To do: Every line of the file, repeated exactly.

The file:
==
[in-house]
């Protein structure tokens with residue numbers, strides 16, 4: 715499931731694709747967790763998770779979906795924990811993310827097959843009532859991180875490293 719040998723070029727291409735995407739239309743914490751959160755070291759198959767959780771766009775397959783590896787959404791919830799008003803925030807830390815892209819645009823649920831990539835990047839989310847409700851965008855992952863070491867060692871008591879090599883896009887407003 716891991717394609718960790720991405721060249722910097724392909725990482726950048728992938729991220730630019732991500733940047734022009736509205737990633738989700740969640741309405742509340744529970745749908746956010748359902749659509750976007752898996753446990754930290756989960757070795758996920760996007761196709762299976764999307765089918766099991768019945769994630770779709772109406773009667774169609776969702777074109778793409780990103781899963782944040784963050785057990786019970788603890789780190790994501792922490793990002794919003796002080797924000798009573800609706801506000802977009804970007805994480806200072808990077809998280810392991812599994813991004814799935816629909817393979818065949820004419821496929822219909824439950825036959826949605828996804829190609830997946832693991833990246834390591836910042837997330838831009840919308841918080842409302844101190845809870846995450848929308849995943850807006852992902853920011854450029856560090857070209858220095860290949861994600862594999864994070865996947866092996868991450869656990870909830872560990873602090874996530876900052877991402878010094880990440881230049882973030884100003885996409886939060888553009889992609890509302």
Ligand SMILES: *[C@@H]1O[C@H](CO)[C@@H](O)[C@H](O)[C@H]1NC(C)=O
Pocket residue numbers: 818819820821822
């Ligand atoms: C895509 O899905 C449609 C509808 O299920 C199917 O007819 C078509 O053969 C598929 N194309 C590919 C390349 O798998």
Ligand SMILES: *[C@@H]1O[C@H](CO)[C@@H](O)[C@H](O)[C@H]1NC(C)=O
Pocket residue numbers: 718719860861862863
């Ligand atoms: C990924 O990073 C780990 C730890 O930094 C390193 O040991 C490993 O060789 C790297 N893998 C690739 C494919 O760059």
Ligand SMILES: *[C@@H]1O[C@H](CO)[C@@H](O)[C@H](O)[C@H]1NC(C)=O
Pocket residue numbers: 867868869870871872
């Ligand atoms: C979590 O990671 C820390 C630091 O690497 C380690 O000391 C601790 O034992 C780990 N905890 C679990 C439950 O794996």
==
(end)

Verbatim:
[in-house]
């Protein structure tokens with residue numbers, strides 16, 4: 715499931731694709747967790763998770779979906795924990811993310827097959843009532859991180875490293 719040998723070029727291409735995407739239309743914490751959160755070291759198959767959780771766009775397959783590896787959404791919830799008003803925030807830390815892209819645009823649920831990539835990047839989310847409700851965008855992952863070491867060692871008591879090599883896009887407003 716891991717394609718960790720991405721060249722910097724392909725990482726950048728992938729991220730630019732991500733940047734022009736509205737990633738989700740969640741309405742509340744529970745749908746956010748359902749659509750976007752898996753446990754930290756989960757070795758996920760996007761196709762299976764999307765089918766099991768019945769994630770779709772109406773009667774169609776969702777074109778793409780990103781899963782944040784963050785057990786019970788603890789780190790994501792922490793990002794919003796002080797924000798009573800609706801506000802977009804970007805994480806200072808990077809998280810392991812599994813991004814799935816629909817393979818065949820004419821496929822219909824439950825036959826949605828996804829190609830997946832693991833990246834390591836910042837997330838831009840919308841918080842409302844101190845809870846995450848929308849995943850807006852992902853920011854450029856560090857070209858220095860290949861994600862594999864994070865996947866092996868991450869656990870909830872560990873602090874996530876900052877991402878010094880990440881230049882973030884100003885996409886939060888553009889992609890509302």
Ligand SMILES: *[C@@H]1O[C@H](CO)[C@@H](O)[C@H](O)[C@H]1NC(C)=O
Pocket residue numbers: 818819820821822
């Ligand atoms: C895509 O899905 C449609 C509808 O299920 C199917 O007819 C078509 O053969 C598929 N194309 C590919 C390349 O798998």
Ligand SMILES: *[C@@H]1O[C@H](CO)[C@@H](O)[C@H](O)[C@H]1NC(C)=O
Pocket residue numbers: 718719860861862863
């Ligand atoms: C990924 O990073 C780990 C730890 O930094 C390193 O040991 C490993 O060789 C790297 N893998 C690739 C494919 O760059």
Ligand SMILES: *[C@@H]1O[C@H](CO)[C@@H](O)[C@H](O)[C@H]1NC(C)=O
Pocket residue numbers: 867868869870871872
């Ligand atoms: C979590 O990671 C820390 C630091 O690497 C380690 O000391 C601790 O034992 C780990 N905890 C679990 C439950 O794996």